Estate Planning with Foreign Real Estate: The Foreign Tax Credit

By Pushor Mitchell LLP
Categories: Tax

As discussed in previous articles, the combination of Canadian income tax consequences that arise on death in respect of foreign real property and foreign taxes that may apply in respect of that same property may result in double-taxation. Also as discussed in a previous article, one way that such double-taxation may be mitigated or eliminated is by the application of a tax treaty. Another way that such double-taxation may be mitigated or eliminated is through the foreign tax credit.

The Income Tax Act provides a foreign tax credit to residents of Canada. This foreign tax credit allows for a deduction from a Canadian resident’s income tax where that Canadian resident has paid income tax to a foreign country.

The mechanics of calculating the foreign tax credit can be complicated; however, generally speaking, the foreign tax credit is calculated separately for business income and non-business income, and separately for each foreign jurisdiction. The maximum amount of foreign tax credit that is available is the lesser of:

  • The applicable foreign tax paid for the year; and
  • The amount of Canadian tax that would otherwise be payable for the year that relates to the applicable foreign income.

In other words, the foreign tax credit may be used to reduce the taxes payable in Canada by either the amount a Canadian resident is required to pay to the foreign jurisdiction in respect of that source of income (i.e. business or non-business) or by the amount the Canadian resident is required to pay to Canada in respect of that same source of income, whichever is the least.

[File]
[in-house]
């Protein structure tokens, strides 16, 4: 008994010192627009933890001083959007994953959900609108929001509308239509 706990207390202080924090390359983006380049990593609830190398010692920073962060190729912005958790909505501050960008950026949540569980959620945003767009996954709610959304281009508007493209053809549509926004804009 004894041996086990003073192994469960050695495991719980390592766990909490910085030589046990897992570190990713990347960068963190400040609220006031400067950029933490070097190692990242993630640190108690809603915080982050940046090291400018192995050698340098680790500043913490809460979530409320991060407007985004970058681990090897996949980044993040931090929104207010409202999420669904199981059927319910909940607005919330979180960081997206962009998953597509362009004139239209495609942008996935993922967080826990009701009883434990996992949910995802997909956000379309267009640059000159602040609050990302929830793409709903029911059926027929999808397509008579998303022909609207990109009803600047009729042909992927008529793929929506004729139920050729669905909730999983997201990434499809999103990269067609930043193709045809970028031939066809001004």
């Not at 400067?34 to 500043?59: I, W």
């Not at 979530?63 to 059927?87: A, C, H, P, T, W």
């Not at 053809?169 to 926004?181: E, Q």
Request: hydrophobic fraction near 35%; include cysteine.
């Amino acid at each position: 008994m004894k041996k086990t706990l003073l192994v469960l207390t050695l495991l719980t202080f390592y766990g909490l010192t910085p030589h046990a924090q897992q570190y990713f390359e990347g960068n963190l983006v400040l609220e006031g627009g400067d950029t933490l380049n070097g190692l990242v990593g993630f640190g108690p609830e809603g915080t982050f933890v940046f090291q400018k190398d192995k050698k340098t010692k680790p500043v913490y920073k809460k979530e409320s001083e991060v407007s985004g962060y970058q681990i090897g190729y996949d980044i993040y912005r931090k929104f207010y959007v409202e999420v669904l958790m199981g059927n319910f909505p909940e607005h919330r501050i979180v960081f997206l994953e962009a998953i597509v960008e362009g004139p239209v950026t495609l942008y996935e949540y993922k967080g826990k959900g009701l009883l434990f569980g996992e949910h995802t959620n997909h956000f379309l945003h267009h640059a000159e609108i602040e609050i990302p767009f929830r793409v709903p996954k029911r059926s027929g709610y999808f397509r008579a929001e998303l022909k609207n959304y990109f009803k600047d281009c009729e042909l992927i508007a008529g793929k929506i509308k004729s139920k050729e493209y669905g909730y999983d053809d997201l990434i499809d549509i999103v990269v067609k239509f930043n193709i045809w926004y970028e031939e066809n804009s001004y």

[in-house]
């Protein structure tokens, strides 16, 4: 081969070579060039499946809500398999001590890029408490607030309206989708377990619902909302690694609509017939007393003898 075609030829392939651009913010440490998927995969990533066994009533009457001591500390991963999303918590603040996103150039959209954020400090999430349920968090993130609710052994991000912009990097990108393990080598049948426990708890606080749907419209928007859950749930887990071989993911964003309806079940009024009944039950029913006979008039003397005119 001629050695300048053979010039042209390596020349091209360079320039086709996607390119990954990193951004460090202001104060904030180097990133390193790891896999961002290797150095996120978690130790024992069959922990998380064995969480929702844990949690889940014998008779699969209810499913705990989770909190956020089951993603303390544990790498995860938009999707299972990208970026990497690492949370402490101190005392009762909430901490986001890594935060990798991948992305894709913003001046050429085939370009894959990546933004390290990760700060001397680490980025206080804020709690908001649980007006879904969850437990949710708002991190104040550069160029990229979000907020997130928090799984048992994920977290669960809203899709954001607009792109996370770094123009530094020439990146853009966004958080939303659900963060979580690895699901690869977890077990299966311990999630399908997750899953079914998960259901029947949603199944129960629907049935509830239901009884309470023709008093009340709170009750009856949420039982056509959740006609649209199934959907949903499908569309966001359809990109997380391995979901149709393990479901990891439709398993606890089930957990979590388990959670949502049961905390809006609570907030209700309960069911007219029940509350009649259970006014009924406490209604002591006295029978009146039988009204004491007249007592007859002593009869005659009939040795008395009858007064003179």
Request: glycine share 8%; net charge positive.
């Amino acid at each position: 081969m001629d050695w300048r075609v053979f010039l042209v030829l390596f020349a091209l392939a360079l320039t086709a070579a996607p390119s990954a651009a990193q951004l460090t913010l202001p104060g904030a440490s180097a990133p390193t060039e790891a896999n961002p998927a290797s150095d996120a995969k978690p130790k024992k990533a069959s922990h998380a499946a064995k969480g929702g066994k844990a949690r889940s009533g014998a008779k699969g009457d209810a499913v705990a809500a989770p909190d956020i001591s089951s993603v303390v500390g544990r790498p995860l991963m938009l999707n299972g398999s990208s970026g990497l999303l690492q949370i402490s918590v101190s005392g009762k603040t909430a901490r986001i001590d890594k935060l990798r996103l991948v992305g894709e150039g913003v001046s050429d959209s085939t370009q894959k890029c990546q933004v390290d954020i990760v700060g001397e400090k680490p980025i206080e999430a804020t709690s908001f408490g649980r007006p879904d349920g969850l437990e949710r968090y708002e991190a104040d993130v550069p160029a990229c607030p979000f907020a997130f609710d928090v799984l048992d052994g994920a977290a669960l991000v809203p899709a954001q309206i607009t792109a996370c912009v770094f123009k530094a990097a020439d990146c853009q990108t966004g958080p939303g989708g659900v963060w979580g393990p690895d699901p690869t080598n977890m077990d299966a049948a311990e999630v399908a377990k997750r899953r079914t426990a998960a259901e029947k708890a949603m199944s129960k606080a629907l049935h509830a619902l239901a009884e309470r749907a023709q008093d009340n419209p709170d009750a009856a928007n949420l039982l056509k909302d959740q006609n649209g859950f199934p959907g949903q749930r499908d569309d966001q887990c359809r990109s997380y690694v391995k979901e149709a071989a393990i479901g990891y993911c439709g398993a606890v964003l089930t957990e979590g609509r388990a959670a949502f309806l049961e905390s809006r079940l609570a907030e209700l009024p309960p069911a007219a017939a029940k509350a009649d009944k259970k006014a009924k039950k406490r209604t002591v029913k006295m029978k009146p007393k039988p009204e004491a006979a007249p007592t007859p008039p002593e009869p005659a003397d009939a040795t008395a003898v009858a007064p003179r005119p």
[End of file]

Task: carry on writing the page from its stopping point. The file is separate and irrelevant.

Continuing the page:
The result of the foreign tax credit is that the maximum amount of taxes that a Canadian resident will pay in respect of foreign source income is the higher of the foreign tax or the Canadian tax. This provides relief from double-taxation.

With respect to the disposition of foreign real estate, if a capital gain is realized, the profits are considered to be non-business income. If tax is payable to both the foreign jurisdiction and to Canada in respect of that capital gain, a foreign tax credit will be available. The maximum amount of the foreign tax credit will be the lesser of the tax paid to the particular foreign jurisdiction in respect of non-business income and the tax otherwise payable to Canada in respect of non-business income. If the foreign tax credit is claimed, then the most tax a Canadian resident will be required to pay will be the higher of the tax imposed under the foreign jurisdiction and the tax imposed in Canada.

The availability of the foreign tax credit can be affected by the presence of a tax treaty between Canada and the foreign jurisdiction, so it is always important to consider whether there is a treaty in place with the foreign jurisdiction and, if so, how it affects the foreign tax credit.